Only one group of Americans will benefit from the destruction of the Arctic Wildlife Refuge: the oil giants. Everyone else loses. Arctic wildlife populations will decline, the Gwich'in people will see their land marred by pipelines and poisoned by oil spills, you and I will become even more dependent on oil, and the planet will suffer catastrophic global warming from the burning of even more fossil fuel.

Unless we get millions of Americans to lodge a protest right now, this nightmarish scenario may well come to pass in the next two months. The Republican energy bill, which would fulfill the president's promise to drill the Arctic Refuge, is moving through Congress today. House and Senate leaders may also try to sneak through the Arctic drilling provision by attaching it to a "must-pass" appropriations bill. These votes will be decided by the moderates in both parties. We must reach those moderates and hold them accountable.

Here's what you can do: go to

Save the Arctic National Wildlife Refuge


The Natural Resources Defense Council (NRDC) has set up this new website to make it extremely easy for you to send messages of protest to your senators and representative. It will take y! ou only a minute.

I've been on NRDC's board for 25 years, so I know how effective they are at waging and winning environmental campaigns. Last year, NRDC used web activism to help generate a million messages of protest to Mitsubishi and stopped the company from destroying the last unspoiled birthing ground of the Pacific gray whale.

We'll win this time too if each of us does our part for the Arctic Refuge. Please visit Save the Arctic National Wildlife Refuge at http://www.savebiogems.org/arctic right now. And forward my message to your family, friends and colleagues. Congress cannot ignore millions of us.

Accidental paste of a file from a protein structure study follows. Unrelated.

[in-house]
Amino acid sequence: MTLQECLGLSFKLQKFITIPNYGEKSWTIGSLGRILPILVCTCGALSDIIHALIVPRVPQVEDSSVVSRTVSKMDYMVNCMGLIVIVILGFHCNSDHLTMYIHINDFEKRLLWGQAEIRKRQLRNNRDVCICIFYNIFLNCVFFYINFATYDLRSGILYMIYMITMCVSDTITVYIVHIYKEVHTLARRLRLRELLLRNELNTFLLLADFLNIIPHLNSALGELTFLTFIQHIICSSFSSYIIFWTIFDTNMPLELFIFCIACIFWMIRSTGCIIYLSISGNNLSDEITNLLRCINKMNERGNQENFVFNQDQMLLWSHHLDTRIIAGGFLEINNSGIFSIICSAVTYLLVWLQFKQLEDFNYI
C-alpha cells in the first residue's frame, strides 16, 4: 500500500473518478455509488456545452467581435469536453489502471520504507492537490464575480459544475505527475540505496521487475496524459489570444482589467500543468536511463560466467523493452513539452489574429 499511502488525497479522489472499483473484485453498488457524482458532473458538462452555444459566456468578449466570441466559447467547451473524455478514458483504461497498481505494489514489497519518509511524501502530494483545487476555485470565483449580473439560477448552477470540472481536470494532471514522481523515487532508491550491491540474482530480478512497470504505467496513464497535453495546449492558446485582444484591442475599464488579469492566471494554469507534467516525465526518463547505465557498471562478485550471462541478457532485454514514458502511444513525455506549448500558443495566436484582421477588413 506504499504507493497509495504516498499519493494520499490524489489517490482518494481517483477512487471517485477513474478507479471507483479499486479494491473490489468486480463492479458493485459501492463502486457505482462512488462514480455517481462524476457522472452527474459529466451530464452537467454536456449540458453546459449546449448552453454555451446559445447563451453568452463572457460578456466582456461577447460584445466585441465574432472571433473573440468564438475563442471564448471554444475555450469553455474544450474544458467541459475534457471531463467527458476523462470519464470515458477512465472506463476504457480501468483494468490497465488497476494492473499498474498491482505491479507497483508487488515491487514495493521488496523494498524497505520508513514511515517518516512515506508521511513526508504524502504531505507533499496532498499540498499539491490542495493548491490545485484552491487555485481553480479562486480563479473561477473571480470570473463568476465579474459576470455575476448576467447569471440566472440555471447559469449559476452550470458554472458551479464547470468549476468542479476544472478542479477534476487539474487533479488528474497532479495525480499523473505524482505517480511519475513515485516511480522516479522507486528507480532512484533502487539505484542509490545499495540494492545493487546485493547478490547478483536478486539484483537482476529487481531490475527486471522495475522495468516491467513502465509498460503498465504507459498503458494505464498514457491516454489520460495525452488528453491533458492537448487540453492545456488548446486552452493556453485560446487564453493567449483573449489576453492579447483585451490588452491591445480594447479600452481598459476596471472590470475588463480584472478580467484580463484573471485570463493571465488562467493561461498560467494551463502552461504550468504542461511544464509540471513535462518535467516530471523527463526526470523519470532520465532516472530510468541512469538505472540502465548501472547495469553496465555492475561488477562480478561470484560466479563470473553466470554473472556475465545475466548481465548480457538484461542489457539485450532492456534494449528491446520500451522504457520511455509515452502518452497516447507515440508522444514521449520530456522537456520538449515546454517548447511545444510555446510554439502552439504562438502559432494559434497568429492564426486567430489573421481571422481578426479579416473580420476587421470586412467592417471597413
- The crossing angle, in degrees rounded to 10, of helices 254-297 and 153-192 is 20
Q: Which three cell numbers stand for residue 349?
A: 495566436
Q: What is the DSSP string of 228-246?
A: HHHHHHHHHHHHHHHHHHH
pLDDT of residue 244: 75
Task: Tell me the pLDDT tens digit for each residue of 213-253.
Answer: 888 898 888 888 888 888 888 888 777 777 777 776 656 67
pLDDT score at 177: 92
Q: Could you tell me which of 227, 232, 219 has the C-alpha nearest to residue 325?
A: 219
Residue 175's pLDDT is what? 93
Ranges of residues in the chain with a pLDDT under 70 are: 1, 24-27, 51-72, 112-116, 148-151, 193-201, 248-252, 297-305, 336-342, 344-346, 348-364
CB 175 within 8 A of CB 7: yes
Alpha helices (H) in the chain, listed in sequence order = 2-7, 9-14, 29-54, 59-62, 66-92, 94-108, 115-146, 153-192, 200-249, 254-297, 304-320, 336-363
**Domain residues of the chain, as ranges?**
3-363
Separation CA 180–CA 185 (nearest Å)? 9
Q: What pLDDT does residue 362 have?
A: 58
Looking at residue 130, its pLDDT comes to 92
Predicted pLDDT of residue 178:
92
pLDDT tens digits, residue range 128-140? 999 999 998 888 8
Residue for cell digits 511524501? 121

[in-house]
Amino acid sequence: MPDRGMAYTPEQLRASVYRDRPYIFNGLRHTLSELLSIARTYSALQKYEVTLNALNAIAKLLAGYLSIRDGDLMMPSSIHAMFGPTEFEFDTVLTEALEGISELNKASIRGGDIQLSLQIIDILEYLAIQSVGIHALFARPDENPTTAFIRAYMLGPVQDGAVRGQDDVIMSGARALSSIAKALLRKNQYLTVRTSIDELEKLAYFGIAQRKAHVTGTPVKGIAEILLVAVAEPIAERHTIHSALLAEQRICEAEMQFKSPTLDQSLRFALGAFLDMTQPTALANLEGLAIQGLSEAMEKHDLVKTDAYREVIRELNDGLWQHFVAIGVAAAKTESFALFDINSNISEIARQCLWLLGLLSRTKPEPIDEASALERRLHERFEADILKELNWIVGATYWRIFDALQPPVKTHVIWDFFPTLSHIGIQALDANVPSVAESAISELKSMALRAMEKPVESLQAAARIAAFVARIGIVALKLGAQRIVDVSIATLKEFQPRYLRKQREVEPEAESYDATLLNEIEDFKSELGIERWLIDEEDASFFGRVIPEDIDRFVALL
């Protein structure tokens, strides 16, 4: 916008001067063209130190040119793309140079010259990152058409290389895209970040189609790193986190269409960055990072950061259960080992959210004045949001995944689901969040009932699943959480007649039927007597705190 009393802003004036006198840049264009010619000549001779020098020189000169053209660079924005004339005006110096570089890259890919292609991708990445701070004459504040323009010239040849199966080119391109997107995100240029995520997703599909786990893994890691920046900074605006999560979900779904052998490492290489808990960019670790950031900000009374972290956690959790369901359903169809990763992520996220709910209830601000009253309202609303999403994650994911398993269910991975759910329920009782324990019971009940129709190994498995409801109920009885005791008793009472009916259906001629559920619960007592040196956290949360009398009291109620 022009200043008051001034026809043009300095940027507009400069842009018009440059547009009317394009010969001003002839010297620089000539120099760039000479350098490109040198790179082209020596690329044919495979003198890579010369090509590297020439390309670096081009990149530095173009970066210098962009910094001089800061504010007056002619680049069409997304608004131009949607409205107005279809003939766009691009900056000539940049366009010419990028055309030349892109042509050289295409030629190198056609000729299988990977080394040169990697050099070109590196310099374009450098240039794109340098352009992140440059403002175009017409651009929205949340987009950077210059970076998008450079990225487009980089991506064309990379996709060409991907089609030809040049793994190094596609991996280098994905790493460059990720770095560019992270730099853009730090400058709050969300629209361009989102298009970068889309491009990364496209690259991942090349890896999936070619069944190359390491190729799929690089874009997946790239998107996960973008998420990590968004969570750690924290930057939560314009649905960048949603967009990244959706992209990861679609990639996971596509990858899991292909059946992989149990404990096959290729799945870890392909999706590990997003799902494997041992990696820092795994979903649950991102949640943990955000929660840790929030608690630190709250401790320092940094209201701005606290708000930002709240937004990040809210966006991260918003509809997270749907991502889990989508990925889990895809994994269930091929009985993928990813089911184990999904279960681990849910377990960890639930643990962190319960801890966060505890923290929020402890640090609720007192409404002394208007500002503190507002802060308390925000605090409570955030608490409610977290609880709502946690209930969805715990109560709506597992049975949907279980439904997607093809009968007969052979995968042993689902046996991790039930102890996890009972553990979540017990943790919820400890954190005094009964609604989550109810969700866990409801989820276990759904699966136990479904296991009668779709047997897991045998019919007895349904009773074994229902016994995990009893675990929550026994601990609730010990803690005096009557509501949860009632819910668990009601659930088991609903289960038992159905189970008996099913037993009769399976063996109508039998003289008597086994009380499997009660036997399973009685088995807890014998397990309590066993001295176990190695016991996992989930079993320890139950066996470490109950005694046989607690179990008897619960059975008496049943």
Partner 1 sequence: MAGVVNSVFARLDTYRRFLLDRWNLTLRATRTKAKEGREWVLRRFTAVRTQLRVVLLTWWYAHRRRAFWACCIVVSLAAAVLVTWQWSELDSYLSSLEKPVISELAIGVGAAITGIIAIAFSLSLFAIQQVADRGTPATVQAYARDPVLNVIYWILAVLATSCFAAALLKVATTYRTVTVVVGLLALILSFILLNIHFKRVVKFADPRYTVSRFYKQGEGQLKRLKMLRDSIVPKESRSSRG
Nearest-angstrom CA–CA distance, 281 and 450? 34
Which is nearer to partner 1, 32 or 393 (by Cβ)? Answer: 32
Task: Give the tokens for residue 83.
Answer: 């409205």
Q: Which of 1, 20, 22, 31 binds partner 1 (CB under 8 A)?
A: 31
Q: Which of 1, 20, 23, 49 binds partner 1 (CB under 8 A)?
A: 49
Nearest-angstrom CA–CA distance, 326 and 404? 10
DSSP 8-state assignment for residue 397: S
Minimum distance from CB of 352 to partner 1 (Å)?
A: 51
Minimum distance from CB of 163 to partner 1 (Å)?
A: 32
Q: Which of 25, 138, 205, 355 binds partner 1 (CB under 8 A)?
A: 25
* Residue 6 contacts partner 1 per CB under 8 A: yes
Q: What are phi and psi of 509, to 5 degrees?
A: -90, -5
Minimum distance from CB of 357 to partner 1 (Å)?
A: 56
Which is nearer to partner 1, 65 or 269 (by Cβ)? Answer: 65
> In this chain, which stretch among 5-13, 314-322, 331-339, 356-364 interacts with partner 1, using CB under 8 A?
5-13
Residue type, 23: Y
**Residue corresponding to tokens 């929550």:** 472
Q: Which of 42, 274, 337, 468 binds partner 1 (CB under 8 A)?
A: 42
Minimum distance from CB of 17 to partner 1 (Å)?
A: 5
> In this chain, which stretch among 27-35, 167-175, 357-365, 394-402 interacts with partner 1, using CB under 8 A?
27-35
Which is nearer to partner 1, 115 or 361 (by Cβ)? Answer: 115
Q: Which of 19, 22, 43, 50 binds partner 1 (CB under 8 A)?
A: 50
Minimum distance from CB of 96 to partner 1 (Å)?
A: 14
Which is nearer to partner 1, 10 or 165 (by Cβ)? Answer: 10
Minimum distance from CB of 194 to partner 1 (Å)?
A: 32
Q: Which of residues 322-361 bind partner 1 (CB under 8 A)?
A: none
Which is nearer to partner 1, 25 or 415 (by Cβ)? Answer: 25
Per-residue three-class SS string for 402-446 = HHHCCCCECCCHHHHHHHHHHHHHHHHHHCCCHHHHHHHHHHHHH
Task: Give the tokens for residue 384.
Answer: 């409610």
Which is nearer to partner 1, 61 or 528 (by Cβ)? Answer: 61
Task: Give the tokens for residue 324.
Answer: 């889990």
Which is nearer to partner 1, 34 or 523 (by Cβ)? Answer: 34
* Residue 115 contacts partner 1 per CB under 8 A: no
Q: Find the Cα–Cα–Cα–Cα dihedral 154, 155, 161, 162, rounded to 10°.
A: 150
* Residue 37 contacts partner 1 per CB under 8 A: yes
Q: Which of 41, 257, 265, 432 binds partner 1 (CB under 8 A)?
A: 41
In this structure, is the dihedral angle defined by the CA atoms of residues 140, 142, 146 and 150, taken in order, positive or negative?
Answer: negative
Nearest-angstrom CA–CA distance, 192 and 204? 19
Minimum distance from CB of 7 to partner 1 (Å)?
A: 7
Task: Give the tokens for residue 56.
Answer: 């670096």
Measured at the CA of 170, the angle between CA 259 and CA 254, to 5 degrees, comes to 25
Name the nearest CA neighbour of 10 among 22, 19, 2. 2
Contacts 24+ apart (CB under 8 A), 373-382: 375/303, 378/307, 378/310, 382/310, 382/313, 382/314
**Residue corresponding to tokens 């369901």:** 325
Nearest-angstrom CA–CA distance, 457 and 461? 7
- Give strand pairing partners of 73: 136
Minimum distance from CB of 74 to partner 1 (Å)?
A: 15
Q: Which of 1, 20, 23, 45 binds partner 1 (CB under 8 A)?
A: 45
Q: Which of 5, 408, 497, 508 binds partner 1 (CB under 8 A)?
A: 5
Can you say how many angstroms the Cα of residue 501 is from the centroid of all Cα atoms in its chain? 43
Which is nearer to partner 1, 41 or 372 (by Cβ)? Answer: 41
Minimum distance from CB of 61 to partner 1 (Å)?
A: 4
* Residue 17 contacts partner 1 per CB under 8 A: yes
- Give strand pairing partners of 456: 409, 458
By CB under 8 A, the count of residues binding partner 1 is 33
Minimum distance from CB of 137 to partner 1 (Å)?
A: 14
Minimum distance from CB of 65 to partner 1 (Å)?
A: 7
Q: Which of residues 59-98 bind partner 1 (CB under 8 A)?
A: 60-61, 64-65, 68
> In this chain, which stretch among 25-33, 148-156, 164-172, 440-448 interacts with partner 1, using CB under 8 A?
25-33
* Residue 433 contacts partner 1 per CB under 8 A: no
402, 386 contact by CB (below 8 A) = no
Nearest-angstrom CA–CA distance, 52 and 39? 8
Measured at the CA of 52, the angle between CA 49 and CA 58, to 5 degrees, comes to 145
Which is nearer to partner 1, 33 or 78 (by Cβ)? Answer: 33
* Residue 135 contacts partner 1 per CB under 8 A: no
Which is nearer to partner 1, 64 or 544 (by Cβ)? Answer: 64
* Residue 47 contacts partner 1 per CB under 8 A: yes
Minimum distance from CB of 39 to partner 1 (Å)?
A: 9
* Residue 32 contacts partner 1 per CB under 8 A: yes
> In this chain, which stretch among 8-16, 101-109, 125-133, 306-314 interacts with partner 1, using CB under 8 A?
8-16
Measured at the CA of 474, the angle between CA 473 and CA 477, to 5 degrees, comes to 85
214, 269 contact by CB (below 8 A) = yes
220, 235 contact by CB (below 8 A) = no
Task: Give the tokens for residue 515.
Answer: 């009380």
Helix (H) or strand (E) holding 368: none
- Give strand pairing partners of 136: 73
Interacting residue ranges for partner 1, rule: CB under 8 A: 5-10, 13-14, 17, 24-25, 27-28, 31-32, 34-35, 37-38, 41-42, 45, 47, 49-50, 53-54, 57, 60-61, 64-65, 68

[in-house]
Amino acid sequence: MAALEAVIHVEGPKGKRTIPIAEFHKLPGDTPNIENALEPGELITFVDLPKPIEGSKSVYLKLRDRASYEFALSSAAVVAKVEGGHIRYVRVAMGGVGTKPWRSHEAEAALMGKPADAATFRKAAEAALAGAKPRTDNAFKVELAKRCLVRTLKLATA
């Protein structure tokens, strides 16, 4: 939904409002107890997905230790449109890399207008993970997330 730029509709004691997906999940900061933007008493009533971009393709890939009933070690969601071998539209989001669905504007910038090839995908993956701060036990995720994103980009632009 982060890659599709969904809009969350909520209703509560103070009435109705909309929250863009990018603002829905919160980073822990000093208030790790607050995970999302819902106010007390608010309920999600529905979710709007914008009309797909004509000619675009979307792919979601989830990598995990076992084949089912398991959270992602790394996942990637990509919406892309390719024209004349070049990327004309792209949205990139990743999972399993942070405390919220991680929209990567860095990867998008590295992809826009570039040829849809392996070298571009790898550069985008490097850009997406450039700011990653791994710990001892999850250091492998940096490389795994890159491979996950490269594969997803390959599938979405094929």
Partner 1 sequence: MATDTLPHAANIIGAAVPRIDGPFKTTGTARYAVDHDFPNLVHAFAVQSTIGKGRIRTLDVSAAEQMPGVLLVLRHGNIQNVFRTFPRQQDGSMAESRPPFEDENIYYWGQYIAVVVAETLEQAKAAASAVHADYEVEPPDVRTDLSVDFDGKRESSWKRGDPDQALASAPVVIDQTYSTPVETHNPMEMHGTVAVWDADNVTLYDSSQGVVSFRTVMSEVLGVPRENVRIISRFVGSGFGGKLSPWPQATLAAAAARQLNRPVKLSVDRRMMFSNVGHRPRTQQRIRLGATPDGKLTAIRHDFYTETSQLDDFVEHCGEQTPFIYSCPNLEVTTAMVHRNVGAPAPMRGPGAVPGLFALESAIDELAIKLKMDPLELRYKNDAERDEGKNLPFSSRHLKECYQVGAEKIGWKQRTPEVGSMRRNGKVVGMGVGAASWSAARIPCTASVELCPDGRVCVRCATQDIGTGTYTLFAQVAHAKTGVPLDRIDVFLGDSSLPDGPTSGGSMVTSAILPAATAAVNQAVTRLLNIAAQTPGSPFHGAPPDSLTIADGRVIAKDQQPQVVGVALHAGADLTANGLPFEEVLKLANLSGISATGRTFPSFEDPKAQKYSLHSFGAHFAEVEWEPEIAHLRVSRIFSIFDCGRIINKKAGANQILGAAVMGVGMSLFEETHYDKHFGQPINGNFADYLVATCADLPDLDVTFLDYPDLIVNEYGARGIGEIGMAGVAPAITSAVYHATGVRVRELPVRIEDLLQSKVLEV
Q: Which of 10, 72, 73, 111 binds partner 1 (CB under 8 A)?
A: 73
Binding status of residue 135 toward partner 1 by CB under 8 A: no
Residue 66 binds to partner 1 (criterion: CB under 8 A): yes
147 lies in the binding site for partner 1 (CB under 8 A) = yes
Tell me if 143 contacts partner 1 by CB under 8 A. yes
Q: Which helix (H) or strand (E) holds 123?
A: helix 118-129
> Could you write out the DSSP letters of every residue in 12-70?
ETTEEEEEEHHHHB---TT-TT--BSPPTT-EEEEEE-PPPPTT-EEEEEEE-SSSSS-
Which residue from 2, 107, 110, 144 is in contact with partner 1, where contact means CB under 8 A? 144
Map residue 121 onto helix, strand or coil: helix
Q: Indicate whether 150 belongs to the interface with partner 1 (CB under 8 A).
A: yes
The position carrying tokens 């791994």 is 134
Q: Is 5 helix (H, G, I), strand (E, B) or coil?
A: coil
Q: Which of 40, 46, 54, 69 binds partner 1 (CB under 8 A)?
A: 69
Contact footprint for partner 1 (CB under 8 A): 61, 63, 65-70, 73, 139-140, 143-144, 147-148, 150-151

If we let them plunder our greatest wildlife refuge for the sake of oil company profits, then no piece of our natural heritage is safe from destruction. Please help keep the Arctic wild and free.

Sincerely yours,

Robert Redford


04 Jun 2001


With the Democratic takeover of the U.S. Senate, prospects for President Bush's energy plan have gotten significantly dimmer. Sen. Jeff Bingaman (D-N.M.), the incoming chair of the Senate Energy and Natural Resources Committee, said he would try to force the Energy Department to draft rules to increase the fuel efficiency of SUVs and light trucks. He also said he would oppose opening the Arctic National Wildlife Refuge to oil and gas drilling. On a related note, here's an item that you may (or may not) find shocking: At least three of the top White House advisors who helped draft the Bush administration's energy plan own stock in the Enron Corporation or have earned fees from the Texas-based energy trading company.